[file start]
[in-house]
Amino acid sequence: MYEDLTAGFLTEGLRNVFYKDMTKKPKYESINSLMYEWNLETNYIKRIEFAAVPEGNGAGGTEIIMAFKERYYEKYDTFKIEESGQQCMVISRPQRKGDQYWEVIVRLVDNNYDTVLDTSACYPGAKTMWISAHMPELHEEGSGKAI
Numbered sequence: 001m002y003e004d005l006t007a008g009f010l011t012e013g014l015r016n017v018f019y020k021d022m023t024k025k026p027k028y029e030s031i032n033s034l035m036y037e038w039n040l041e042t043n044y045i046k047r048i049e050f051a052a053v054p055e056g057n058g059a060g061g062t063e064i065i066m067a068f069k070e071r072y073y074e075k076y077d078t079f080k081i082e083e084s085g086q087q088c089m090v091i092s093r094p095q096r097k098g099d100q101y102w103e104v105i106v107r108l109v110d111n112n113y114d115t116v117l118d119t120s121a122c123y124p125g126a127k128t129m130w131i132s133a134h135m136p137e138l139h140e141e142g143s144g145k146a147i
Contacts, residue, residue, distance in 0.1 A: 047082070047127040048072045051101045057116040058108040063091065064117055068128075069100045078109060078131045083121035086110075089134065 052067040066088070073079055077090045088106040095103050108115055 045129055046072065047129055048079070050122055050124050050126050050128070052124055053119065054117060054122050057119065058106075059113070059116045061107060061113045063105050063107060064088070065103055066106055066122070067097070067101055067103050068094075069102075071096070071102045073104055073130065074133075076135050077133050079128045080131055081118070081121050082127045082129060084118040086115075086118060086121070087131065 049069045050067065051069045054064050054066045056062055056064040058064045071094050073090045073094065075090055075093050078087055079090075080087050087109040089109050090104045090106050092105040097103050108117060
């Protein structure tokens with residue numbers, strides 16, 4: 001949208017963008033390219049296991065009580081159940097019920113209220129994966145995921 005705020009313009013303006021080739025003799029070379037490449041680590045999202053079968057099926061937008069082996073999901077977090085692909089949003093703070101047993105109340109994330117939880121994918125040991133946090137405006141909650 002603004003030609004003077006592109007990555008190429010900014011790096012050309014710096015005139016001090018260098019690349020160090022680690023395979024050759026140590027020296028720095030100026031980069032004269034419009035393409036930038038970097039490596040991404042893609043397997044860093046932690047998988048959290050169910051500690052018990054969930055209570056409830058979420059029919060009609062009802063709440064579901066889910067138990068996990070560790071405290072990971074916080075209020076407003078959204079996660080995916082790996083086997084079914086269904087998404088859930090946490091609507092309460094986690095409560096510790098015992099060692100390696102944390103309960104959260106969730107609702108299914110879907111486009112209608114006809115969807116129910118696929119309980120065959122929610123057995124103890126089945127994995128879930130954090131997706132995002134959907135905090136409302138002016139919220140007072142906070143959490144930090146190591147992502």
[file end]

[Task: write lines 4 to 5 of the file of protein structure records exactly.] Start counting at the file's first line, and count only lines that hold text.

Contacts, residue, residue, distance in 0.1 A: 047082070047127040048072045051101045057116040058108040063091065064117055068128075069100045078109060078131045083121035086110075089134065 052067040066088070073079055077090045088106040095103050108115055 045129055046072065047129055048079070050122055050124050050126050050128070052124055053119065054117060054122050057119065058106075059113070059116045061107060061113045063105050063107060064088070065103055066106055066122070067097070067101055067103050068094075069102075071096070071102045073104055073130065074133075076135050077133050079128045080131055081118070081121050082127045082129060084118040086115075086118060086121070087131065 049069045050067065051069045054064050054066045056062055056064040058064045071094050073090045073094065075090055075093050078087055079090075080087050087109040089109050090104045090106050092105040097103050108117060
């Protein structure tokens with residue numbers, strides 16, 4: 001949208017963008033390219049296991065009580081159940097019920113209220129994966145995921 005705020009313009013303006021080739025003799029070379037490449041680590045999202053079968057099926061937008069082996073999901077977090085692909089949003093703070101047993105109340109994330117939880121994918125040991133946090137405006141909650 002603004003030609004003077006592109007990555008190429010900014011790096012050309014710096015005139016001090018260098019690349020160090022680690023395979024050759026140590027020296028720095030100026031980069032004269034419009035393409036930038038970097039490596040991404042893609043397997044860093046932690047998988048959290050169910051500690052018990054969930055209570056409830058979420059029919060009609062009802063709440064579901066889910067138990068996990070560790071405290072990971074916080075209020076407003078959204079996660080995916082790996083086997084079914086269904087998404088859930090946490091609507092309460094986690095409560096510790098015992099060692100390696102944390103309960104959260106969730107609702108299914110879907111486009112209608114006809115969807116129910118696929119309980120065959122929610123057995124103890126089945127994995128879930130954090131997706132995002134959907135905090136409302138002016139919220140007072142906070143959490144930090146190591147992502």